200 × 200 mm

I’ve always found it quite difficult to create pleasing compositions in square spaces. They, however, seem to be very popular stipulations for composition exercises for some reason….

Anyway, after talking about Gestalt Theory, we were tasked with experimenting with Point, Line and Form in our next exercise, the Basic Typography Composition Design Workshop. We were given sheets of pre-typeset headlines/subheads and bodycopy about the musical The Tender Land by Aaron Copland. We also had to use one circle per composition as a device to draw attention and focus, create form, or simply provide rhythm and flow. Here are some created by the class that I was particularly drawn to:

I quite like the playfulness of the one on the first row, right. It had a spirit about it, and I also appreciate how the designer thought about representing the time and date information similar to how 7:30pm would look on the clock hands. The bottom left one I life because the designer set the type at an angle and it really makes the composition look more dynamic. Many others also played with angles and skewing things but this one I feel is most successful applying that device. Somehow, the circle also adds balance to the composition, where in others the circle felt mostly ill-considered. The bottom right one I enjoy because the designer used a quadrant of the circle to frame the text nicely in a square, in the centre of the frame. Simple and elegant!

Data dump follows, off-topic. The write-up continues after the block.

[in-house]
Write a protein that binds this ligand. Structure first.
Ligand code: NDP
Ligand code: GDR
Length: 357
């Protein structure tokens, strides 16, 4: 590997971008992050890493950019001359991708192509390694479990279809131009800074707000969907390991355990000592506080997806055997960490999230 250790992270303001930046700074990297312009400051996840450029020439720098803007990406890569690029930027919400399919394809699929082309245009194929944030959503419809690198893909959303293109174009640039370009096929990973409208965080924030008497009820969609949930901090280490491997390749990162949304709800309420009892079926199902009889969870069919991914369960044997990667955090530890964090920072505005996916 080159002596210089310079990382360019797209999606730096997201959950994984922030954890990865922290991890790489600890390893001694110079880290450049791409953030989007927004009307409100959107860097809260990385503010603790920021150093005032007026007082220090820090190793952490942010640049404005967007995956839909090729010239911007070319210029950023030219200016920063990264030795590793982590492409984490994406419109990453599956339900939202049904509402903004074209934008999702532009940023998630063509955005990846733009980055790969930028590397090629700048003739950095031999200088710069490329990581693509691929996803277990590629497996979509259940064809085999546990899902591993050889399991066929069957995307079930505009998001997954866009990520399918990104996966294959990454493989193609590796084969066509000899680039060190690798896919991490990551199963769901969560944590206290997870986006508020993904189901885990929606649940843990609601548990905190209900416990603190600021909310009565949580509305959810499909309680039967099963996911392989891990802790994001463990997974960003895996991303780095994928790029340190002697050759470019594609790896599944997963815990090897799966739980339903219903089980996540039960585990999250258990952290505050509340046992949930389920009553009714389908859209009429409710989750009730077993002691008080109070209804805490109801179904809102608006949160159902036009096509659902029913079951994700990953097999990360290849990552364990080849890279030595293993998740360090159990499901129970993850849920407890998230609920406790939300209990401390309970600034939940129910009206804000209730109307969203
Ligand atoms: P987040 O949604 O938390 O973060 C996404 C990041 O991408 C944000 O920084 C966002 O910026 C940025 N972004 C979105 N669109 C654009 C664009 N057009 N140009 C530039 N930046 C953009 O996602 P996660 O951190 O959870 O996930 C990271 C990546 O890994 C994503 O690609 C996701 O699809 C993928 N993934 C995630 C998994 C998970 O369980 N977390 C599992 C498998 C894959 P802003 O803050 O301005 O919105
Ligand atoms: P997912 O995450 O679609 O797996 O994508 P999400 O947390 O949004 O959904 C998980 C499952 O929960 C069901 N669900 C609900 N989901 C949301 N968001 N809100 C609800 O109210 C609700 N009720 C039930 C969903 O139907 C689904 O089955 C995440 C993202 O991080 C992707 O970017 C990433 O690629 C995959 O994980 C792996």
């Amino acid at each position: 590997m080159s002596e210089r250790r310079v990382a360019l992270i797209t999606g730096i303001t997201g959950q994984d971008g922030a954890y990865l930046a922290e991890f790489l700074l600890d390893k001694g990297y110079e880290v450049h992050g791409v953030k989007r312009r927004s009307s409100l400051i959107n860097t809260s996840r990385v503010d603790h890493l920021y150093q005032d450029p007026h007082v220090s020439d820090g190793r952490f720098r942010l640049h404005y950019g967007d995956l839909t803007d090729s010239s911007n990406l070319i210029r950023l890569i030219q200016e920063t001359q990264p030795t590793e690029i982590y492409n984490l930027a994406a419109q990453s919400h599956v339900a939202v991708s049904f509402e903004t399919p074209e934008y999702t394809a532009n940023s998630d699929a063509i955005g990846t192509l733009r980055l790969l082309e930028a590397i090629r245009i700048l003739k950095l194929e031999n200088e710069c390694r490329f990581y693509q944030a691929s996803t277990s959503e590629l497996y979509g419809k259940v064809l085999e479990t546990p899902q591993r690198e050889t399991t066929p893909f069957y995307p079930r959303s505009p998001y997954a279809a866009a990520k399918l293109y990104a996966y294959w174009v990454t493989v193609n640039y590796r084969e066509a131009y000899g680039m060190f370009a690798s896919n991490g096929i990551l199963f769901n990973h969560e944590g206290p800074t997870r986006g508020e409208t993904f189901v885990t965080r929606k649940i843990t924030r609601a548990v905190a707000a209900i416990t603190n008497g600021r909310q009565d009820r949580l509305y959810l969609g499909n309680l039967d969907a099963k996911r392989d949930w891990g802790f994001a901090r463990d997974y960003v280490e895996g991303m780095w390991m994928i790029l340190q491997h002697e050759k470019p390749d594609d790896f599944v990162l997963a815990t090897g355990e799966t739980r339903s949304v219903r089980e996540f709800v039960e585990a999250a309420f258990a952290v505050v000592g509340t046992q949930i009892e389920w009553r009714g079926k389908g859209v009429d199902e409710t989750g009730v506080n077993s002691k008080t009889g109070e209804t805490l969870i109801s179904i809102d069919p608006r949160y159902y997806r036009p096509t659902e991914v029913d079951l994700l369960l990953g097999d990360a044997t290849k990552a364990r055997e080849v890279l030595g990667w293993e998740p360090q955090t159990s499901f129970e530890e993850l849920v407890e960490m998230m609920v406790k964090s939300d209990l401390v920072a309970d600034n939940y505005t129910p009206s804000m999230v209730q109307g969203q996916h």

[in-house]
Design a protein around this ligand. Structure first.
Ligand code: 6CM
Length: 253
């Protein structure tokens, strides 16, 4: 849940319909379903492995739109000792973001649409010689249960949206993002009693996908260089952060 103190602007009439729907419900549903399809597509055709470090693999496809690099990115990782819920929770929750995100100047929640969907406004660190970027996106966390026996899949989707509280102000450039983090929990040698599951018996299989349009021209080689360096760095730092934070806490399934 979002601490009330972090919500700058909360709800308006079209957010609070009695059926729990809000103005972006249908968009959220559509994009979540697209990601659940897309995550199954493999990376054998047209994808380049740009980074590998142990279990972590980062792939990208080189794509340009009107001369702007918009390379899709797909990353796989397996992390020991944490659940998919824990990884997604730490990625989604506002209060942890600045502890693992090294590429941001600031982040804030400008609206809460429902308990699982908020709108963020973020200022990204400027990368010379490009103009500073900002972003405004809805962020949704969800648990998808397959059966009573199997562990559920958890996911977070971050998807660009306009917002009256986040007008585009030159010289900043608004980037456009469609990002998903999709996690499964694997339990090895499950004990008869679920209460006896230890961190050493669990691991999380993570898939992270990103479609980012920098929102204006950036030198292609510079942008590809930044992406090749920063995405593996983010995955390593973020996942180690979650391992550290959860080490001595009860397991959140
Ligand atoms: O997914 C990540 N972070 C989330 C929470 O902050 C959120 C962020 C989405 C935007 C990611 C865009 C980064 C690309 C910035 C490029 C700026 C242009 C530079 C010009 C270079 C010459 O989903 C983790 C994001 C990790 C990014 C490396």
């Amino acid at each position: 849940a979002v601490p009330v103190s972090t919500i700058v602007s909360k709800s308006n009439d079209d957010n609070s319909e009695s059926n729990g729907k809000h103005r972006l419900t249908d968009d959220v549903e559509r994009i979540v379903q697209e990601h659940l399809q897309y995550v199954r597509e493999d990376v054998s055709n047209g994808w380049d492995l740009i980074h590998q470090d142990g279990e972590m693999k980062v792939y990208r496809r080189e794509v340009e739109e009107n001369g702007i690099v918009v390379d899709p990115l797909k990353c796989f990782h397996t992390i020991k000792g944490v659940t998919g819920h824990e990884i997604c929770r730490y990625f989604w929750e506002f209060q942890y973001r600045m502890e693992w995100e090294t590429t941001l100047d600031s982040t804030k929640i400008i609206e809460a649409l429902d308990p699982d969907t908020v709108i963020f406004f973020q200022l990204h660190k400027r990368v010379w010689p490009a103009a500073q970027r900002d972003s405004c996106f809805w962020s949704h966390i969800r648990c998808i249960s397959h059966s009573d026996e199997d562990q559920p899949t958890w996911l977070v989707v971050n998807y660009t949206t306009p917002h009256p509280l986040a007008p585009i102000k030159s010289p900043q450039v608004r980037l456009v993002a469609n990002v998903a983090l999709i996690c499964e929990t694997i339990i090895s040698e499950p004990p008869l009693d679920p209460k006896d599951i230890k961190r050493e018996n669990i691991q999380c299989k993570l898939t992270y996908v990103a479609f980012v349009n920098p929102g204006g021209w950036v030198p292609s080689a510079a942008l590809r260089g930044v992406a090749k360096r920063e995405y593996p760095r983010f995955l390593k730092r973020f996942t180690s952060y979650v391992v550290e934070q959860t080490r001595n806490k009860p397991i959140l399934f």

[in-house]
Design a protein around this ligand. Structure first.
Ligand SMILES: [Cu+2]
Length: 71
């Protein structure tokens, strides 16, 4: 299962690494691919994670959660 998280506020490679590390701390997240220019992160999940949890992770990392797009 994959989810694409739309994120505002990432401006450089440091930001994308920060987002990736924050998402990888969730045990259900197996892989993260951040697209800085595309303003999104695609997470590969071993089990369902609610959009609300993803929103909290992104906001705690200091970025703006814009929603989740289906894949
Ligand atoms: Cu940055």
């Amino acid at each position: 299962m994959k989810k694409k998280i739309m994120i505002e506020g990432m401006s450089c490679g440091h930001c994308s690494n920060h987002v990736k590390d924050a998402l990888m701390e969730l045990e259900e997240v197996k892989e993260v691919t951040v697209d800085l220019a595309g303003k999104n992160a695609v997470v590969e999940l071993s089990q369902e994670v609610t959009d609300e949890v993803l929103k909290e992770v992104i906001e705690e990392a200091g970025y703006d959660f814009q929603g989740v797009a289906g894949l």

Here are those that I worked on:


For this one, I employed a 4-row 3-column grid system. I approached this with the purpose of trying to make all the information accessible quickly. By representing 4 key points of information as 4 equal portions of the frame, and having the point size correspond to the size of the circle’s segments, viewers immediately know what information to digest. The circle’s segments somehow act as bullet points for the information, and also reiterate the hierarchy of the text, where the title “The Tender Land” is most prominent. Perhaps it is not the best solution for this purpose, but I feel what Alistair said about this composition garners it certain merit: “You’ve somehow democratised the information and made them all relevant and important, yet tried to emphasise what is immediately more important with the type size”.


For this one, I was mainly interested in creating a flow using the text and the circle. I cut up the circle and used the segments to divide the page vertically into 2 sections, and information was set on each in a way that would give the frame balance. I found that this also was successful in creating a very obvious line of divide that was eye-catching.


My other 2 compositions with the bodycopy included are above. For the one on the left, I wanted to create a graphic imagery of the sun by slicing up the circle into even more segments. I approached this layout with editorial layout in mind, and it turned out rather boring. For the one on the right, I used a grid system again, but I aligned the x-heights and baselines of the text in hopes that the viewer would again see that there is 4 key chunks of information for them to digest.

We were tasked to conjure up 3 more compositions before the next Studio the coming Tuesday. Eager to see what everyone comes up with!



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